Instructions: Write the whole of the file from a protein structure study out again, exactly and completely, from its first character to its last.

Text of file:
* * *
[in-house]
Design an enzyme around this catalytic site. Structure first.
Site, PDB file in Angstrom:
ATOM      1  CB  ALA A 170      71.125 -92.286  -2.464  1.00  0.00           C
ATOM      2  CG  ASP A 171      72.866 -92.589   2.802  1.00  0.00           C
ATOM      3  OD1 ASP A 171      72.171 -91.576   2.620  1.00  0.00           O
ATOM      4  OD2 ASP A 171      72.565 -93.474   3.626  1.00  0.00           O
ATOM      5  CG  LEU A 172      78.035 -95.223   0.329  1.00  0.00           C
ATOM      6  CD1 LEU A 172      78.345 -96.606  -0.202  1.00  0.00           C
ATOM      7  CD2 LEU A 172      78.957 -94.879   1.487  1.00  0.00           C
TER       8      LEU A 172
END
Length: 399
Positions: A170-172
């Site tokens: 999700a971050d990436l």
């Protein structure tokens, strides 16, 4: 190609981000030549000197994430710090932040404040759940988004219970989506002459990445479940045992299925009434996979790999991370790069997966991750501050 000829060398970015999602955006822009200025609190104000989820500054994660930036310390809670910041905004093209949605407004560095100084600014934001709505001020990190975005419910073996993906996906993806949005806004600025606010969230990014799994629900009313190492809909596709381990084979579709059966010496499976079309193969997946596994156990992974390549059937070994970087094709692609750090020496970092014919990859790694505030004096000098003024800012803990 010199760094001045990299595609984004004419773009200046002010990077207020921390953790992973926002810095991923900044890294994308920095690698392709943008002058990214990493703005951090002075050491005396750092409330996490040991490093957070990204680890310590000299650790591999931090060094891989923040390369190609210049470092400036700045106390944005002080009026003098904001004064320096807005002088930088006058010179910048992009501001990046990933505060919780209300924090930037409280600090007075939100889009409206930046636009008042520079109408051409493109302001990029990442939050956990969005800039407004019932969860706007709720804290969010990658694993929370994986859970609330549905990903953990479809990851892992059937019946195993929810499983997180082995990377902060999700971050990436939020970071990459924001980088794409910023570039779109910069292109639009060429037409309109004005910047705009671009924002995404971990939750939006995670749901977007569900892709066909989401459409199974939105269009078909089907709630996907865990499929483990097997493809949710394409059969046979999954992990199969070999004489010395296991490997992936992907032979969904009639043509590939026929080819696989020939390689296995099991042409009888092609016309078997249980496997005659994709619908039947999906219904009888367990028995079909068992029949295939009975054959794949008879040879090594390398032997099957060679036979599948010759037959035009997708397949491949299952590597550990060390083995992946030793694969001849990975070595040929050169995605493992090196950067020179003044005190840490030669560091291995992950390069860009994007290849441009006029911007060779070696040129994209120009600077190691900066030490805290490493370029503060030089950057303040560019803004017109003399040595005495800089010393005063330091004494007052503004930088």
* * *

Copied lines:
[in-house]
Design an enzyme around this catalytic site. Structure first.
Site, PDB file in Angstrom:
ATOM      1  CB  ALA A 170      71.125 -92.286  -2.464  1.00  0.00           C
ATOM      2  CG  ASP A 171      72.866 -92.589   2.802  1.00  0.00           C
ATOM      3  OD1 ASP A 171      72.171 -91.576   2.620  1.00  0.00           O
ATOM      4  OD2 ASP A 171      72.565 -93.474   3.626  1.00  0.00           O
ATOM      5  CG  LEU A 172      78.035 -95.223   0.329  1.00  0.00           C
ATOM      6  CD1 LEU A 172      78.345 -96.606  -0.202  1.00  0.00           C
ATOM      7  CD2 LEU A 172      78.957 -94.879   1.487  1.00  0.00           C
TER       8      LEU A 172
END
Length: 399
Positions: A170-172
């Site tokens: 999700a971050d990436l």
């Protein structure tokens, strides 16, 4: 190609981000030549000197994430710090932040404040759940988004219970989506002459990445479940045992299925009434996979790999991370790069997966991750501050 000829060398970015999602955006822009200025609190104000989820500054994660930036310390809670910041905004093209949605407004560095100084600014934001709505001020990190975005419910073996993906996906993806949005806004600025606010969230990014799994629900009313190492809909596709381990084979579709059966010496499976079309193969997946596994156990992974390549059937070994970087094709692609750090020496970092014919990859790694505030004096000098003024800012803990 010199760094001045990299595609984004004419773009200046002010990077207020921390953790992973926002810095991923900044890294994308920095690698392709943008002058990214990493703005951090002075050491005396750092409330996490040991490093957070990204680890310590000299650790591999931090060094891989923040390369190609210049470092400036700045106390944005002080009026003098904001004064320096807005002088930088006058010179910048992009501001990046990933505060919780209300924090930037409280600090007075939100889009409206930046636009008042520079109408051409493109302001990029990442939050956990969005800039407004019932969860706007709720804290969010990658694993929370994986859970609330549905990903953990479809990851892992059937019946195993929810499983997180082995990377902060999700971050990436939020970071990459924001980088794409910023570039779109910069292109639009060429037409309109004005910047705009671009924002995404971990939750939006995670749901977007569900892709066909989401459409199974939105269009078909089907709630996907865990499929483990097997493809949710394409059969046979999954992990199969070999004489010395296991490997992936992907032979969904009639043509590939026929080819696989020939390689296995099991042409009888092609016309078997249980496997005659994709619908039947999906219904009888367990028995079909068992029949295939009975054959794949008879040879090594390398032997099957060679036979599948010759037959035009997708397949491949299952590597550990060390083995992946030793694969001849990975070595040929050169995605493992090196950067020179003044005190840490030669560091291995992950390069860009994007290849441009006029911007060779070696040129994209120009600077190691900066030490805290490493370029503060030089950057303040560019803004017109003399040595005495800089010393005063330091004494007052503004930088």